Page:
Does Steroid Use in Transplant Patients Undergoing Bariatric Surgery Independently Impact Outcomes?
BACKGROUND: Corticosteroids have been a mainstay of immunosuppression in patients after solid organ transplantation. Due to deleterious effects, there is a push to minimize steroid use. The impact of corticosteroid use on prior solid organ transplant patients undergoing metabolic and bariatric surgery (MBS) is unknown. The aim of this study was to determine if corticosteroid use independently impacts surgical outcomes after MBS in solid organ transplant patients.
MATERIALS AND METHODS: A retrospective analysis was performed on patients undergoing sleeve gastrectomy and Roux-en-Y gastric bypass in the 2017 Metabolic and Bariatric Surgery Accreditation Quality and Improvement Project Participant Use File database. Patients with a history of solid organ transplantation were identified and further stratified by corticosteroid use. Univariable and multivariable regression for multiple postoperative outcomes were performed.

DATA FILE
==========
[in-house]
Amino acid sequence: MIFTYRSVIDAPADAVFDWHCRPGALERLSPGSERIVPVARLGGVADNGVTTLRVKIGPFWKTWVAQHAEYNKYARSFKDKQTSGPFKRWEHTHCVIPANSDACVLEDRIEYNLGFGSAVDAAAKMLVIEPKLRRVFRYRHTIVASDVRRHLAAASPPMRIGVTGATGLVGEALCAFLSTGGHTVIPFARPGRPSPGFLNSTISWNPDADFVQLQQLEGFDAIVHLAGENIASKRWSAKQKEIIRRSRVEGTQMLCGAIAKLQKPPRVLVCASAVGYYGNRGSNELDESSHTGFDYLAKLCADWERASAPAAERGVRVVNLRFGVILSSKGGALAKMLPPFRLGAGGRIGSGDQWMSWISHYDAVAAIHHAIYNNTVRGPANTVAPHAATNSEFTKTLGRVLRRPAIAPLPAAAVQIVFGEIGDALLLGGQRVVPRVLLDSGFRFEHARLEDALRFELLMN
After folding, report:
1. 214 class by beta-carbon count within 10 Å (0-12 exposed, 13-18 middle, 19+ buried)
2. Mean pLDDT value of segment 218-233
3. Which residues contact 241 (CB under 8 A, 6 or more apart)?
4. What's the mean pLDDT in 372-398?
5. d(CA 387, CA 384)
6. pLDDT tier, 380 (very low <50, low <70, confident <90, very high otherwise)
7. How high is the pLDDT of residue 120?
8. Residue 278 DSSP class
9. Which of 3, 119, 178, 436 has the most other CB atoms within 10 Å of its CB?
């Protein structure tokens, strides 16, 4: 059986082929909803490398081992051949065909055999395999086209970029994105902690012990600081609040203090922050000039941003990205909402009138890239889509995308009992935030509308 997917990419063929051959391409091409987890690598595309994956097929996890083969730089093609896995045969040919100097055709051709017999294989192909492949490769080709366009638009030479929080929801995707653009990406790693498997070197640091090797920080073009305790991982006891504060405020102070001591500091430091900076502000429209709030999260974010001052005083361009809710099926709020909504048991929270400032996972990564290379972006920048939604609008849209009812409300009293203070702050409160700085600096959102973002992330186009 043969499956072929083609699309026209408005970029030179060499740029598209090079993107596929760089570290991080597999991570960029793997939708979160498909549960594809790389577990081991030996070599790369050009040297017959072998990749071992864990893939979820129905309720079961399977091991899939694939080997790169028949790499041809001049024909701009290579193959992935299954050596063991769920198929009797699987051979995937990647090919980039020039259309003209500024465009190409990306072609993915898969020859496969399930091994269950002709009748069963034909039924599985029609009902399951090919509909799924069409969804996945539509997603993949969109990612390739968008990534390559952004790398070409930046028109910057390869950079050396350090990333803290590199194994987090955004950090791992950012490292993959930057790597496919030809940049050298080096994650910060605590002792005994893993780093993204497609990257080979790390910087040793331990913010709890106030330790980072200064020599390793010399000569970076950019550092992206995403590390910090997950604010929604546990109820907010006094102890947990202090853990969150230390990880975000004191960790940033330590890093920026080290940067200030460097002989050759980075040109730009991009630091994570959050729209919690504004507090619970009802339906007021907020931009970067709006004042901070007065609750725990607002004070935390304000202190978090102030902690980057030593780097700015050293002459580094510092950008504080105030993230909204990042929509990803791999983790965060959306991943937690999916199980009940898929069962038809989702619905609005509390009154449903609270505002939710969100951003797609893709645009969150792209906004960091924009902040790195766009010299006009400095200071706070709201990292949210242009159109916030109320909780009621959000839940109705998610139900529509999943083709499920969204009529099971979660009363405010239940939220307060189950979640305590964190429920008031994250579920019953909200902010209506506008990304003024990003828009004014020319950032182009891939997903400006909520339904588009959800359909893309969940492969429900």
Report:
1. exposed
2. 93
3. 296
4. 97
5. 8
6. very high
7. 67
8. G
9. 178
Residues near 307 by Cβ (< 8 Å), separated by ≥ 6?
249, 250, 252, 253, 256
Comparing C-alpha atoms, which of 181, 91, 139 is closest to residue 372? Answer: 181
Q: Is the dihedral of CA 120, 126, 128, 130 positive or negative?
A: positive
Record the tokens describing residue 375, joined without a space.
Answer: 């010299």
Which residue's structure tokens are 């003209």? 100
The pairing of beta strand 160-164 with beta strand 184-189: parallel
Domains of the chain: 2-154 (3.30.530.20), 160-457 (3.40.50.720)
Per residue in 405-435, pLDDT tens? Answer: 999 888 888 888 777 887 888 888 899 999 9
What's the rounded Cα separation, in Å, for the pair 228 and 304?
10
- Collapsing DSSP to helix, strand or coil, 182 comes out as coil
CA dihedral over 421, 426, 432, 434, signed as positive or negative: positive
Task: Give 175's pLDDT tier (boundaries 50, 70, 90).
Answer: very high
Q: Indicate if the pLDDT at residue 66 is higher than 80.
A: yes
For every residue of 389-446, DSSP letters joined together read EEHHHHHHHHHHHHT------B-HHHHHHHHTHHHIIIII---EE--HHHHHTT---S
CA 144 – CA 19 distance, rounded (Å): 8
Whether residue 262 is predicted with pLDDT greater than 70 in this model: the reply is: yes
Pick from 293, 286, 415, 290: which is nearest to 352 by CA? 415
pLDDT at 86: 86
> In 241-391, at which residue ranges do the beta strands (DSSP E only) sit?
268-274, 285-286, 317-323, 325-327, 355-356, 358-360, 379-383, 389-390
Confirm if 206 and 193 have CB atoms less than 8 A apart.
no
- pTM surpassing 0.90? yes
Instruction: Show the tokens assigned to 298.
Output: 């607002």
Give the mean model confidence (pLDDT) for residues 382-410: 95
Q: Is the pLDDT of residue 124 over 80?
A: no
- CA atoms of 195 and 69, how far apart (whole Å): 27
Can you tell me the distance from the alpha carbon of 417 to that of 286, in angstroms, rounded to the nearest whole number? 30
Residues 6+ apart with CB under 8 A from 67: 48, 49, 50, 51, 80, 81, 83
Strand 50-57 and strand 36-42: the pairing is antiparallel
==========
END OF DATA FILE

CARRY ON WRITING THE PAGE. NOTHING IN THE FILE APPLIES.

RESULTS: Overall findings are summarized in visual abstract. Of 382 prior solid organ transplant patients, 42% (n = 160) were on corticosteroids. Patients on corticosteroids had significantly higher overall morbidity (16% versus 9%, P < 0.05). After multivariable analysis, corticosteroid use had a two-fold increase in overall morbidity (odds ratio 2.05, P = 0.0034) but without an increased risk for overall morbidity related to MBS (odds ratio 2.06, P = 0.061).
CONCLUSIONS: Solid organ transplant patients undergoing MBS on corticosteroids have a significantly increased rate of overall morbidity (P < 0.05) but not morbidity related to bariatric surgery.
Published In/Presented At
Fagenson, A. M., Mazzei, M., & Edwards, M. A. (2020). Does Steroid Use in Transplant Patients Undergoing Bariatric Surgery Independently Impact Outcomes?. The Journal of surgical research, 254, 294–299. https://doi.org/10.1016/j.jss.2020.04.024
Medicine and Health Sciences
Department of Surgery